Has it really been a year?

A year has passed since I gave notice to leave my safe, full-time, permanent position as a customer service executive, to concentrate on bringing up my young daughter and focus on building my writing career.

This morning, I’ve been looking back on what’s passed in this last year as I head towards the end of the rewrite of my NaNoWriMo novel, the first draft of which I completed in November 2012.

So, what have I achieved?

I wrote a novel.

I really did, from start to finish, just over 50,000 words. It doesn’t seem like much of an achievement now – as I’ve been spending the last year editing it – but it was back then. There’s not many (apart from those who have enough passion and dedication to finish one) who can say they’ve written a novel. Plenty of people are really impressed when I tell them I’ve written a book. Then I get embarrassed because I know that it’s nowhere near ready to be unleashed on the world.

I wrote and self-published a mini e-book. 

After I left the security of working in the corporate world, I threw myself into researching self-publishing – the revolution of the publishing industry – and spent the first month working on writing a little e-book about living on a budget, inspired by my decision to relinquish an income of my own. I surprised myself with the tips I came up with, and found myself wondering why we didn’t use our own advice more often. An article I’d read in Writing Magazine gave me the confidence I needed to go ahead and publish the book. It’s easy enough to self-publish, but what many probably don’t realise is the formatting involved – this took up a massive amount of my time as I played around with Word, Adobe and another e-publishing program. The book is now live on Amazon and I’ve sold quite a few copies, which I’m rather proud of. Not as many as I would have liked, admittedly, but I’ve since discovered that marketing isn’t my strong point. I’d much rather be writing and chatting with the wonderful group of writing friends I’ve met on social media.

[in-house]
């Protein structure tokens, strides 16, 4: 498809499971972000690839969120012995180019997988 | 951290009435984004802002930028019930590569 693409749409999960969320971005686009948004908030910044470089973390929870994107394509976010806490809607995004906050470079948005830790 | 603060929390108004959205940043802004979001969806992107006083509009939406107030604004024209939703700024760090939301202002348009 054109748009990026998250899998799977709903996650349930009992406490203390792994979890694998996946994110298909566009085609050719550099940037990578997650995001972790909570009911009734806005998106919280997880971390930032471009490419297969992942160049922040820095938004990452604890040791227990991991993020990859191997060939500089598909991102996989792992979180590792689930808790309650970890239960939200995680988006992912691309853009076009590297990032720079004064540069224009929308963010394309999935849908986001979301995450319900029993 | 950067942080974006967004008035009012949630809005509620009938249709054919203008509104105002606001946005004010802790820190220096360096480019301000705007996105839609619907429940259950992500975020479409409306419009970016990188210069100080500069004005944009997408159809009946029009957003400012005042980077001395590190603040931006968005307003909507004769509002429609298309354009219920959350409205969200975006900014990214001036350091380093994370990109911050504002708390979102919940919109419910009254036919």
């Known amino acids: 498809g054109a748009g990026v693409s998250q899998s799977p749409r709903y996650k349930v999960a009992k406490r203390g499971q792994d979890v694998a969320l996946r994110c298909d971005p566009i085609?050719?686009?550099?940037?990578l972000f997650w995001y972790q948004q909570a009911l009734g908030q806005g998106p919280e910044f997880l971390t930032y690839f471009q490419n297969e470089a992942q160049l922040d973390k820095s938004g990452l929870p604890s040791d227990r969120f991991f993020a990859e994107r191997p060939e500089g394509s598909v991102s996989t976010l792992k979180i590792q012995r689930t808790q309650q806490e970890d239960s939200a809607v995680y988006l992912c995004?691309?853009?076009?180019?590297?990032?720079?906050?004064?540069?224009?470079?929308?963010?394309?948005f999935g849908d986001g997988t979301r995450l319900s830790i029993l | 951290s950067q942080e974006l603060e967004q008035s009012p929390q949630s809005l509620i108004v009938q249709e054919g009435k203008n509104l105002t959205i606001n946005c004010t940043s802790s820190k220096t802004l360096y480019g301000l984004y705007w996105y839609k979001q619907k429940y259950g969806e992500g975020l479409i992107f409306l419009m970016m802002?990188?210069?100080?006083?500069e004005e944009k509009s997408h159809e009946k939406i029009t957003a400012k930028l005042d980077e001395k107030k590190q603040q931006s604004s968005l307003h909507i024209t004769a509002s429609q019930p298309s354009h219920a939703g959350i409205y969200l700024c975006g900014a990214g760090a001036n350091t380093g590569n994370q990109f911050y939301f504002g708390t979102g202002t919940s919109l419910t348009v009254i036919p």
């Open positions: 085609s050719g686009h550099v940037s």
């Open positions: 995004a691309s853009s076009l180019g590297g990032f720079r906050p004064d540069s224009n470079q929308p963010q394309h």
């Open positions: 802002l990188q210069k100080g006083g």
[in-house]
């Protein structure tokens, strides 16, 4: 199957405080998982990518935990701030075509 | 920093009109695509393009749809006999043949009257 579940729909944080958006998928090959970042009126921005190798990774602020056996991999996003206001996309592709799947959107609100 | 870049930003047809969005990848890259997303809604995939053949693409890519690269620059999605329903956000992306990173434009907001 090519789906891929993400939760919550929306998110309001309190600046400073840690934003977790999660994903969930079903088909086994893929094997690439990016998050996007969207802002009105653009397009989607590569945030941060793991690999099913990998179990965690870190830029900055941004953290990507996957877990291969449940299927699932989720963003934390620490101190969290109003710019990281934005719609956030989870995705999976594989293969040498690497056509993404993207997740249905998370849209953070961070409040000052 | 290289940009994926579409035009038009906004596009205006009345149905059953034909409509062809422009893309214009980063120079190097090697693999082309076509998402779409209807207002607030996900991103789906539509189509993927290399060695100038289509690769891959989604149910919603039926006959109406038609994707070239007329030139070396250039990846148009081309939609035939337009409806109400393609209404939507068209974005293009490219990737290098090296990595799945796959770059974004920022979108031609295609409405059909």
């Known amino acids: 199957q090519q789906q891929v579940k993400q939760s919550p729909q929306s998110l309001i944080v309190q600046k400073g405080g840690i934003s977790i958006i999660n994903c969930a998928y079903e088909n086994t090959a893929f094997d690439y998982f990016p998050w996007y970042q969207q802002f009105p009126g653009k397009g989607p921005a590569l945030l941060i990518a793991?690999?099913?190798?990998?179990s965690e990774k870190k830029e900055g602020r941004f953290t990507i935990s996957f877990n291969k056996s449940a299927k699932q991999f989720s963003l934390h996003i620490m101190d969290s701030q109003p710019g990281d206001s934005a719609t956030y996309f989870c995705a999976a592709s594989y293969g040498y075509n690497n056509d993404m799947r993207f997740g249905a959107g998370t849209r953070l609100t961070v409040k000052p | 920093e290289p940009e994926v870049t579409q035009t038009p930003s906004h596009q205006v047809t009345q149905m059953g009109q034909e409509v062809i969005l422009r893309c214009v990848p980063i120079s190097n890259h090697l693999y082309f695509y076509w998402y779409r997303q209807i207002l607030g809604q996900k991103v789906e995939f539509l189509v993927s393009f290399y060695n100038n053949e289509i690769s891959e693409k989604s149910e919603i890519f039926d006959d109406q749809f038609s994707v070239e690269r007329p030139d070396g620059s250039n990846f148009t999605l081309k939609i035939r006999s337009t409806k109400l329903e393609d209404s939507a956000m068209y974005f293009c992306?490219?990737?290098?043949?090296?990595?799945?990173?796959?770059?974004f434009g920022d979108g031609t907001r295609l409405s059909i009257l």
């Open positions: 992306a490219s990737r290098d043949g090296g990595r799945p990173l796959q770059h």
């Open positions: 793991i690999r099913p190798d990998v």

I joined the group of The Rejected

After pouring my blood, sweat and tears into a proposal and partially written manuscript, I received a very encouraging rejection from a major publisher. Of course I was deflated, but I was also over the moon – a publisher had taken the time to read my submission and respond, even giving me some feedback. They told me it was quite clear that I’d spent a lot of time and effort on the submission however they didn’t feel the story was developed enough to be able to proceed with it. This gave me the excuse I needed to press on and make my work even better. I put that story away and decided to focus on my completed manuscript, to make it as good as it could possibly be.